Graham County October 2022


County Seat

Median Income

Population Density Designation

We opened our visit to Graham County in the parking lot of Robbinsville High School. Graham County has around 8,000 residents according to the last census, and it is also a county full of natural beauty. The Joyce Kilmer Memorial Forest is one draw to the area — given that it is a uniquely large old-growth forest managed by the park service.

Graham County Schools superintendent Angie Knight met us in the parking lot of the high school and walked us over to the high school’s food truck. Knight shared that the food truck was a COVID-19 response tactic designed to take food to school-aged children in need when the schools closed. Today it serves as a tool for community pride by continuing to provide food for families at key community events. The truck was funded in part by the Blue Cross NC Foundation.

Our next stop was the media center for the high school. As we entered the lobby, we couldn’t help but notice the crowded trophy cabinet at the front of the school celebrating the high school’s numerous state championships in football.

The high school’s culinary department welcomed us with a delicious breakfast of mini-biscuits, quiche and pastries. The Exceptional Children’s class for Robbinsville High School runs a coffee shop for the school, and they welcomed us with coffee and apple cider.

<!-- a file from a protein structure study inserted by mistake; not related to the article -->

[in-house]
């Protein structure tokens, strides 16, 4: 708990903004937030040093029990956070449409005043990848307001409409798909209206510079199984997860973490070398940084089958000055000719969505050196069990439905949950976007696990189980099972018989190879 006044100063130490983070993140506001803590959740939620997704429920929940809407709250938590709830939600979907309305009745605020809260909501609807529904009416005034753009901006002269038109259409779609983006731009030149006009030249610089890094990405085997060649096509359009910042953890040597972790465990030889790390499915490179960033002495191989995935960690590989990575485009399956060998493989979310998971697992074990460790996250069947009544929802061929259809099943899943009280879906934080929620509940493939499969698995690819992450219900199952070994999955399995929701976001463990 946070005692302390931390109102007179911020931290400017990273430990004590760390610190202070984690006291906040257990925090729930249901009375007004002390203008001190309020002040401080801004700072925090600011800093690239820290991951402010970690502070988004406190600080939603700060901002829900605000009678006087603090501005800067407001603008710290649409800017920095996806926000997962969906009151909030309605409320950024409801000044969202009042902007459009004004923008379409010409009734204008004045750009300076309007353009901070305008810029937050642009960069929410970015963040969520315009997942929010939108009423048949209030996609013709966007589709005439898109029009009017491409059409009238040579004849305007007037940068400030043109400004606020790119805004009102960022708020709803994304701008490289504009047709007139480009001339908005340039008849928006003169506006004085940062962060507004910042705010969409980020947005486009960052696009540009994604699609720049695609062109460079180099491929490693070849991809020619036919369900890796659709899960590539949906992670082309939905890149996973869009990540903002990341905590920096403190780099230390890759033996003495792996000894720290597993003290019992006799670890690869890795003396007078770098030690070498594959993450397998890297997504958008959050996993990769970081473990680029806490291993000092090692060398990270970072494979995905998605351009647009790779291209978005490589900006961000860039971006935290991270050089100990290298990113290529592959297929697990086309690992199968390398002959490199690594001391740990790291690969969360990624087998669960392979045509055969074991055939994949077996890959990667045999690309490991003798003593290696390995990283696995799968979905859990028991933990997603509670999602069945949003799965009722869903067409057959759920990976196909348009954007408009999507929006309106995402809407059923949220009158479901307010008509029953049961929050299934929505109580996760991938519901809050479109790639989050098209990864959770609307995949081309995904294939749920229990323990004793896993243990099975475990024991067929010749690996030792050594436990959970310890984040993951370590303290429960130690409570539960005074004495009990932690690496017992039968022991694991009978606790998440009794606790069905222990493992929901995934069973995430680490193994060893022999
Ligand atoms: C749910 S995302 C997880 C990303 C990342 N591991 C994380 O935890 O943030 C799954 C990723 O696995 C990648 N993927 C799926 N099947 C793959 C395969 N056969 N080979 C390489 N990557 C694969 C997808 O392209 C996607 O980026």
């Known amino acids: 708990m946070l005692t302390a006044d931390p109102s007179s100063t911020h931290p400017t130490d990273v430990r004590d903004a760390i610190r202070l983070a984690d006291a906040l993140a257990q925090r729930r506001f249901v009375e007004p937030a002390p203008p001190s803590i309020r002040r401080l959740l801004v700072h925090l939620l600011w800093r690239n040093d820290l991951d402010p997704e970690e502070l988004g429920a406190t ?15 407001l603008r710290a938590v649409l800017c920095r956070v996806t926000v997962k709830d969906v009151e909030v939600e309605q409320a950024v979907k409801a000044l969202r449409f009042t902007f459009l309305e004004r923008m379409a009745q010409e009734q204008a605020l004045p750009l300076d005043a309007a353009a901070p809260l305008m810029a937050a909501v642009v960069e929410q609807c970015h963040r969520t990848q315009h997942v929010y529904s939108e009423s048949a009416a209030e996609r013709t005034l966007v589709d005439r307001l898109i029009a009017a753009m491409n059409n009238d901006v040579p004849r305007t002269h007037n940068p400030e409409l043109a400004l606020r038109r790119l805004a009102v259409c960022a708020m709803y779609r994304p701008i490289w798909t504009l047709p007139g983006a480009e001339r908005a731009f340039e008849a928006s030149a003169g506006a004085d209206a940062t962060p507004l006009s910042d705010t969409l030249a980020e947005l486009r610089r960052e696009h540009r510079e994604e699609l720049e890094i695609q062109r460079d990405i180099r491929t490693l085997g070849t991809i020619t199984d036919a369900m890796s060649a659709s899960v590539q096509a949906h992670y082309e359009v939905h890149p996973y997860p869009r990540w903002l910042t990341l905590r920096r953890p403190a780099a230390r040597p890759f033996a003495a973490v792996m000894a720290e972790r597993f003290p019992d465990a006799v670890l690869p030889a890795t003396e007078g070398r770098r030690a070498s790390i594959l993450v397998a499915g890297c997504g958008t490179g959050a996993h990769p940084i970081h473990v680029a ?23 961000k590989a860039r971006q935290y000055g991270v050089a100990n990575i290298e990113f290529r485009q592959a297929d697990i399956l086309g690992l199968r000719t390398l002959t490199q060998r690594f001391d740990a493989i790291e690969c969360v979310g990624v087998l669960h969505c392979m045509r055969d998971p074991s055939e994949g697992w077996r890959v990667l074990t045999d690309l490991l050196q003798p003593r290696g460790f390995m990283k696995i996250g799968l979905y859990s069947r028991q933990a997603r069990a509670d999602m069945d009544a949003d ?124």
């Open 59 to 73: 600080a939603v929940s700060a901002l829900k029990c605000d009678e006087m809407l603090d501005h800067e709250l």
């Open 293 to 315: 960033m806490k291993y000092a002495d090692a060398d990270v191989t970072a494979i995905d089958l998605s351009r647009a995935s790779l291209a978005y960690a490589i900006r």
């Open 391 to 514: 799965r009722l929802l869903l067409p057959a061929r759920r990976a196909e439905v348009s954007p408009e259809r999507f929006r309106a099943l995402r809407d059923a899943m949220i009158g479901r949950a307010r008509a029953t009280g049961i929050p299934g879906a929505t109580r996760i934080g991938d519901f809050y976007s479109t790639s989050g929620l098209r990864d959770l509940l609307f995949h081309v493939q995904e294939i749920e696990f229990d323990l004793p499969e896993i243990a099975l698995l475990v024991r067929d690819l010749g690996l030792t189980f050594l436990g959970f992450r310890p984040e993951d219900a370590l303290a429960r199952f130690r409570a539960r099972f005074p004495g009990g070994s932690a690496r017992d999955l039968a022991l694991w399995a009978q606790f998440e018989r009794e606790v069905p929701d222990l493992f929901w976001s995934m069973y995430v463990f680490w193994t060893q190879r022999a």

We dove deep on health, education and economic development over the course of the conversation that followed.

Key health issues in the county include the obesity and smoking rate, relatively high rates of cancer and access to care according to Lorita Eller, a nurse with the Graham County Health Department. One issue that Eller pointed out is the lack of access to mental health care: “People have to be in the emergency room for two days to receive a mental health assessment. This system just isn’t working.”

Local minister Eric Reece noted this continues a long tradition of lacking medical care: “Primary care has long been ‘dial 911’; preventive care is much the same. And then you end up in the emergency room.”

Other challenges include social isolation, a lack of full-time recreation and healthy food, and internet access.

Despite the challenges, Knight and Reece ended our meeting on a high note.

“We can see the elementary school from the front door of this school,” commented Knight. “The connection across our community comes from the size of this community. Our ability to scale solutions is amazing because of our proximity.”

The downside of size, according to Reece, is that Graham County doesn’t always end up on the radar of national and statewide organizations that could help the county. With that in mind, Reece pointed to our trip as an example of what could be possible.

“You are here to show that you care,” declared Reece with a smile.

Meet Dr. Algie Gatewood

Dr. Algie Gatewood is only the fourth President to lead Alamance Community College (ACC) since it opened in 1958. During Dr. Gatewood’s tenure at ACC, the college won its largest ever bond referendum – nearly $40 million – in 2018 to fund a number of major capital projects and expansions. The college also secured $16 million in county funding in 2014 to build the Advanced Applied Technology Center. Other notable accomplishments include creating a Biotechnology Center of Excellence, introducing an Early College, facilitating an apprenticeship program, and introducing nearly two dozen new academic programs and articulation agreements with state universities.

All other trade names are the property of their respective owners.

U39702, 1/23